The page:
Google has breached the EU antitrust rules yet again and so the repercussions hit it badly this time. The European Commission has fined Google with 1.49 billion Euros as it had forced its AdSense clients to sign contracts which barred them from accepting advertising from opponent search engines.
This illegal misuse of its dominant position in the market has led the Commission to fine Google with such a huge amount. Brokering online search adverts is like buying favour for itself and staying away from competitive pressure. Such imposition of anti-competitive contractual restrictions on third-party websites is unacceptable in the marketing field and also stays illegal under the EU antitrust rules.
Google has held more than 70 percent of the share of the online search advertising market in Europe for over a decade, which is between 2006 and 2016. Not just this, over 90 percent of general searches in some of the European countries are made on Google.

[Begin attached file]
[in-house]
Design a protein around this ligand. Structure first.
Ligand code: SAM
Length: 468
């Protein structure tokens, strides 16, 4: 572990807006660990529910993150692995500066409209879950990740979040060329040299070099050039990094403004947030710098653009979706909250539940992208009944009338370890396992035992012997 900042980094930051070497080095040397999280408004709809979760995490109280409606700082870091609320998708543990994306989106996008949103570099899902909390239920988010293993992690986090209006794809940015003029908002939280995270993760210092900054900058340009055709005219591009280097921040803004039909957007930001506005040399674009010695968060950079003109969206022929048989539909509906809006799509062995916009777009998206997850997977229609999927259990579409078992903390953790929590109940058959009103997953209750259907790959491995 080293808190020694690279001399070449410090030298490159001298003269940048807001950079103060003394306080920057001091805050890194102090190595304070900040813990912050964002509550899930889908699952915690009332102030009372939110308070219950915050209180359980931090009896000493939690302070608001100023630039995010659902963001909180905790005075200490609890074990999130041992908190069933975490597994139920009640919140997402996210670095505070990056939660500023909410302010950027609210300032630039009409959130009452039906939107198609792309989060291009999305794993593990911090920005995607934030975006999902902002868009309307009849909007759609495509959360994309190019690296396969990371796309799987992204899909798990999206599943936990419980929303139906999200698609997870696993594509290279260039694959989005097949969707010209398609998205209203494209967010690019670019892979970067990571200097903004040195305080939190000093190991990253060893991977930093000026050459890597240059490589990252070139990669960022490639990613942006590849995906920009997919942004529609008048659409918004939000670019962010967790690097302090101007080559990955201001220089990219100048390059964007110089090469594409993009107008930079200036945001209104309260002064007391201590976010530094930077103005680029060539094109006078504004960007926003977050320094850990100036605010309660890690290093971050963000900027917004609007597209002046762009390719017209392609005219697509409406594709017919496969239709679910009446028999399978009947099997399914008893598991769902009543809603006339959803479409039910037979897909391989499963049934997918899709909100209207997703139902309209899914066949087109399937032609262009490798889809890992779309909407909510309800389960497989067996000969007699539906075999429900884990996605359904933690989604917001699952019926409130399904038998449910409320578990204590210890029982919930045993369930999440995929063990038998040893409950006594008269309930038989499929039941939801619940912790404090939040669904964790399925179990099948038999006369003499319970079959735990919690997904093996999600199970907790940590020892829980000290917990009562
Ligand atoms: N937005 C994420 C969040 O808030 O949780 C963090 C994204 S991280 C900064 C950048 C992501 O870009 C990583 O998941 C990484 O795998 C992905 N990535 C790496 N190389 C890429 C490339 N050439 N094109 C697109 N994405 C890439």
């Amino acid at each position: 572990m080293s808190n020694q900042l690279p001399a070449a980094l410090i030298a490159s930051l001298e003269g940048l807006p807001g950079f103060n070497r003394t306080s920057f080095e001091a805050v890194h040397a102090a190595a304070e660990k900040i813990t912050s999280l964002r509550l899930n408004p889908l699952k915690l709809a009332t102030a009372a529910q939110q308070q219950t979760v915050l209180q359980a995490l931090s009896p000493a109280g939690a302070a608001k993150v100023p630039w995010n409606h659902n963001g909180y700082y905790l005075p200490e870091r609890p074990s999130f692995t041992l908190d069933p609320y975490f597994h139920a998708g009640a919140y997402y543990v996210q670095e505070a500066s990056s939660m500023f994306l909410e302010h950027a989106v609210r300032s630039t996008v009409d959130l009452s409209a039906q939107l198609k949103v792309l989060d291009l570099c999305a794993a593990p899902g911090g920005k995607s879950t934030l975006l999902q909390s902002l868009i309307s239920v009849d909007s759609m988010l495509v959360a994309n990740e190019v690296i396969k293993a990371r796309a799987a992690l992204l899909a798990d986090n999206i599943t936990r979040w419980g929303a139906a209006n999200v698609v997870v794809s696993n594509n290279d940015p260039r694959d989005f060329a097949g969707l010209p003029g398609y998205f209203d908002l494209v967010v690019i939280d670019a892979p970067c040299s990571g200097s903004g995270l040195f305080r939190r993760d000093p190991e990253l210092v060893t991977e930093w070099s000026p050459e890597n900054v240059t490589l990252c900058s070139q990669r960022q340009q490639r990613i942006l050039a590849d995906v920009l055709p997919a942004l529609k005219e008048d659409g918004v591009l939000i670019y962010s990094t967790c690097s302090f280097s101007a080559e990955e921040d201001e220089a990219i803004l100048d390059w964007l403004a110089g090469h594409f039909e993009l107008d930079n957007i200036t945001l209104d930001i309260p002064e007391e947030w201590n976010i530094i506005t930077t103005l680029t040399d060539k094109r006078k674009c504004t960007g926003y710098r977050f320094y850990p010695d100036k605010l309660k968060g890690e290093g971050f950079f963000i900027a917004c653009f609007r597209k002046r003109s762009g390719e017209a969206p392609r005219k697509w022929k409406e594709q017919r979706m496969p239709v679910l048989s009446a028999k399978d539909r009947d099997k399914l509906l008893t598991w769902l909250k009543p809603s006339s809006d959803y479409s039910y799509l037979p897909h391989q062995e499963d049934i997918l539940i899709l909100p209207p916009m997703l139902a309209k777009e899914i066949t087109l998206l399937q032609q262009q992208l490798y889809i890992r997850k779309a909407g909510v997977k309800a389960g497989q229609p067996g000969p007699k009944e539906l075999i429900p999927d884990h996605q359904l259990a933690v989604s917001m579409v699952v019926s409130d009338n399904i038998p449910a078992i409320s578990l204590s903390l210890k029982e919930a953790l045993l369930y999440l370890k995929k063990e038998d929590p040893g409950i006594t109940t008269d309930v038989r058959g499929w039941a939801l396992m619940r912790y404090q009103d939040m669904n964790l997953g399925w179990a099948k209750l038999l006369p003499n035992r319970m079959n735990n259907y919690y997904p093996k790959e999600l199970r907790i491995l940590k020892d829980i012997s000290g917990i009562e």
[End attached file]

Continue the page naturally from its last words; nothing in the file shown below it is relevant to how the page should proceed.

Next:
The Google misconduct has lasted nearly ten years and the search engine has also occupied a dominant position. In this way, it has created a hurdle for other companies to compete on the basis of merits and innovation. Consumers have also been pushed aside from the benefits of competition in this regard.
However, such an extensive amount as fine is not to be paid by Google for the first time. It has committed the crime of breaching the European law in 2017 as well, when it favoured its own shopping comparison service, Google Shopping, in search results. It was then fined a record 2.4 billion Euros, after the investigation by the European Commission concluded that Google has promoted Google Shopping results not considering its merits and has thus moved down the ratings of its competitors.
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